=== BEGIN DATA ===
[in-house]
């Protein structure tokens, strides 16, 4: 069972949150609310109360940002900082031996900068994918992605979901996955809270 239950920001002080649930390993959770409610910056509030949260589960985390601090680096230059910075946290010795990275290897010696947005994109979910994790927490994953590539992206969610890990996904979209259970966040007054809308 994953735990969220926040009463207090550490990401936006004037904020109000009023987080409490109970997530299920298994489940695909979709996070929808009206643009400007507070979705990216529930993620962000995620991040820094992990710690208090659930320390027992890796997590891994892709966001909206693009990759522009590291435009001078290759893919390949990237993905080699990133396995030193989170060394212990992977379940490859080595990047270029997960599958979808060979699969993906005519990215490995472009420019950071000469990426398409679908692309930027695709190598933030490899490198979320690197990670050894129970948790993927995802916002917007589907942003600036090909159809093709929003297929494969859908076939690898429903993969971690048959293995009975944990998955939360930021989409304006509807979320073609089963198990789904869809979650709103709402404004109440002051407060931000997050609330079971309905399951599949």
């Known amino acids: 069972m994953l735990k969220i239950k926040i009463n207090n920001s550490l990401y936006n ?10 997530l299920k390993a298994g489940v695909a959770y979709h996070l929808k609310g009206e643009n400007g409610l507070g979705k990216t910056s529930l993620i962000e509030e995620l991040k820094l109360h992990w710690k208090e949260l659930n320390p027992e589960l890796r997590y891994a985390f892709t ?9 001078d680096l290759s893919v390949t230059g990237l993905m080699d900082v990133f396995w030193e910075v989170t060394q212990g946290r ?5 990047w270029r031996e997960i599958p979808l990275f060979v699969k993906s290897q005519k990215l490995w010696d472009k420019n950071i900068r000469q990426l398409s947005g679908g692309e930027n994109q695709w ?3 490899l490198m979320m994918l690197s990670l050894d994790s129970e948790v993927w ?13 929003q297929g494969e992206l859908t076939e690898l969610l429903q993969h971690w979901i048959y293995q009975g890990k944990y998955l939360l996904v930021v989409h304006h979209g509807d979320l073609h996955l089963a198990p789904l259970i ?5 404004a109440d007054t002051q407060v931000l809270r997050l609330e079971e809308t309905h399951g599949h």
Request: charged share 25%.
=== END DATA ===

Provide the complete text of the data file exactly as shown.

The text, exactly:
[in-house]
């Protein structure tokens, strides 16, 4: 069972949150609310109360940002900082031996900068994918992605979901996955809270 239950920001002080649930390993959770409610910056509030949260589960985390601090680096230059910075946290010795990275290897010696947005994109979910994790927490994953590539992206969610890990996904979209259970966040007054809308 994953735990969220926040009463207090550490990401936006004037904020109000009023987080409490109970997530299920298994489940695909979709996070929808009206643009400007507070979705990216529930993620962000995620991040820094992990710690208090659930320390027992890796997590891994892709966001909206693009990759522009590291435009001078290759893919390949990237993905080699990133396995030193989170060394212990992977379940490859080595990047270029997960599958979808060979699969993906005519990215490995472009420019950071000469990426398409679908692309930027695709190598933030490899490198979320690197990670050894129970948790993927995802916002917007589907942003600036090909159809093709929003297929494969859908076939690898429903993969971690048959293995009975944990998955939360930021989409304006509807979320073609089963198990789904869809979650709103709402404004109440002051407060931000997050609330079971309905399951599949």
């Known amino acids: 069972m994953l735990k969220i239950k926040i009463n207090n920001s550490l990401y936006n ?10 997530l299920k390993a298994g489940v695909a959770y979709h996070l929808k609310g009206e643009n400007g409610l507070g979705k990216t910056s529930l993620i962000e509030e995620l991040k820094l109360h992990w710690k208090e949260l659930n320390p027992e589960l890796r997590y891994a985390f892709t ?9 001078d680096l290759s893919v390949t230059g990237l993905m080699d900082v990133f396995w030193e910075v989170t060394q212990g946290r ?5 990047w270029r031996e997960i599958p979808l990275f060979v699969k993906s290897q005519k990215l490995w010696d472009k420019n950071i900068r000469q990426l398409s947005g679908g692309e930027n994109q695709w ?3 490899l490198m979320m994918l690197s990670l050894d994790s129970e948790v993927w ?13 929003q297929g494969e992206l859908t076939e690898l969610l429903q993969h971690w979901i048959y293995q009975g890990k944990y998955l939360l996904v930021v989409h304006h979209g509807d979320l073609h996955l089963a198990p789904l259970i ?5 404004a109440d007054t002051q407060v931000l809270r997050l609330e079971e809308t309905h399951g599949h």
Request: charged share 25%.